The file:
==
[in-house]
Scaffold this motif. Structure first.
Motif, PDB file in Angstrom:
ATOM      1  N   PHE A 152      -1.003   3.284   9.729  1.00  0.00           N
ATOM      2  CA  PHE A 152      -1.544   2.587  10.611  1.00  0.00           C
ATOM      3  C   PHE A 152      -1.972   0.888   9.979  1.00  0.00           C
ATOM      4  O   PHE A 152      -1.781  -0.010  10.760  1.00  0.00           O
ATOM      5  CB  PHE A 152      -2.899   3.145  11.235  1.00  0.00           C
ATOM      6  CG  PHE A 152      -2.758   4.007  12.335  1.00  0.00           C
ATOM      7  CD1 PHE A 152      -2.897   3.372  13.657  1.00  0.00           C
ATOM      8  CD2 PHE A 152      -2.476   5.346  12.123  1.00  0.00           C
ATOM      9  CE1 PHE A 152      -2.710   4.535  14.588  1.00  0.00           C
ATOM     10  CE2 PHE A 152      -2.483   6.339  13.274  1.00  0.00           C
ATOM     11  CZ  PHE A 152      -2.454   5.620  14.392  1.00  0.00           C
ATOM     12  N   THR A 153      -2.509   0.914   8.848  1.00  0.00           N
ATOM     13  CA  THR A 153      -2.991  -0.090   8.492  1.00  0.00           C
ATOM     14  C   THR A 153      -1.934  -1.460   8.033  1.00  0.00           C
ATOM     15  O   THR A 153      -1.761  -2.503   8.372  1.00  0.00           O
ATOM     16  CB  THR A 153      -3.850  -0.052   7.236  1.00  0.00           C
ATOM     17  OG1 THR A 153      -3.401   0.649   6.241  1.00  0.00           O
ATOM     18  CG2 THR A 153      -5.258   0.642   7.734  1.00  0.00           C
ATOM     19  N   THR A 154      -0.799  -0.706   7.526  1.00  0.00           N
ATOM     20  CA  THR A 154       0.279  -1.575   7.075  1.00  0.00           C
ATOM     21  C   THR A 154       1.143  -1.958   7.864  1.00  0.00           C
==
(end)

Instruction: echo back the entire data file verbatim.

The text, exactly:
[in-house]
Scaffold this motif. Structure first.
Motif, PDB file in Angstrom:
ATOM      1  N   PHE A 152      -1.003   3.284   9.729  1.00  0.00           N
ATOM      2  CA  PHE A 152      -1.544   2.587  10.611  1.00  0.00           C
ATOM      3  C   PHE A 152      -1.972   0.888   9.979  1.00  0.00           C
ATOM      4  O   PHE A 152      -1.781  -0.010  10.760  1.00  0.00           O
ATOM      5  CB  PHE A 152      -2.899   3.145  11.235  1.00  0.00           C
ATOM      6  CG  PHE A 152      -2.758   4.007  12.335  1.00  0.00           C
ATOM      7  CD1 PHE A 152      -2.897   3.372  13.657  1.00  0.00           C
ATOM      8  CD2 PHE A 152      -2.476   5.346  12.123  1.00  0.00           C
ATOM      9  CE1 PHE A 152      -2.710   4.535  14.588  1.00  0.00           C
ATOM     10  CE2 PHE A 152      -2.483   6.339  13.274  1.00  0.00           C
ATOM     11  CZ  PHE A 152      -2.454   5.620  14.392  1.00  0.00           C
ATOM     12  N   THR A 153      -2.509   0.914   8.848  1.00  0.00           N
ATOM     13  CA  THR A 153      -2.991  -0.090   8.492  1.00  0.00           C
ATOM     14  C   THR A 153      -1.934  -1.460   8.033  1.00  0.00           C
ATOM     15  O   THR A 153      -1.761  -2.503   8.372  1.00  0.00           O
ATOM     16  CB  THR A 153      -3.850  -0.052   7.236  1.00  0.00           C
ATOM     17  OG1 THR A 153      -3.401   0.649   6.241  1.00  0.00           O
ATOM     18  CG2 THR A 153      -5.258   0.642   7.734  1.00  0.00           C
ATOM     19  N   THR A 154      -0.799  -0.706   7.526  1.00  0.00           N
ATOM     20  CA  THR A 154       0.279  -1.575   7.075  1.00  0.00           C
ATOM     21  C   THR A 154       1.143  -1.958   7.864  1.00  0.00           C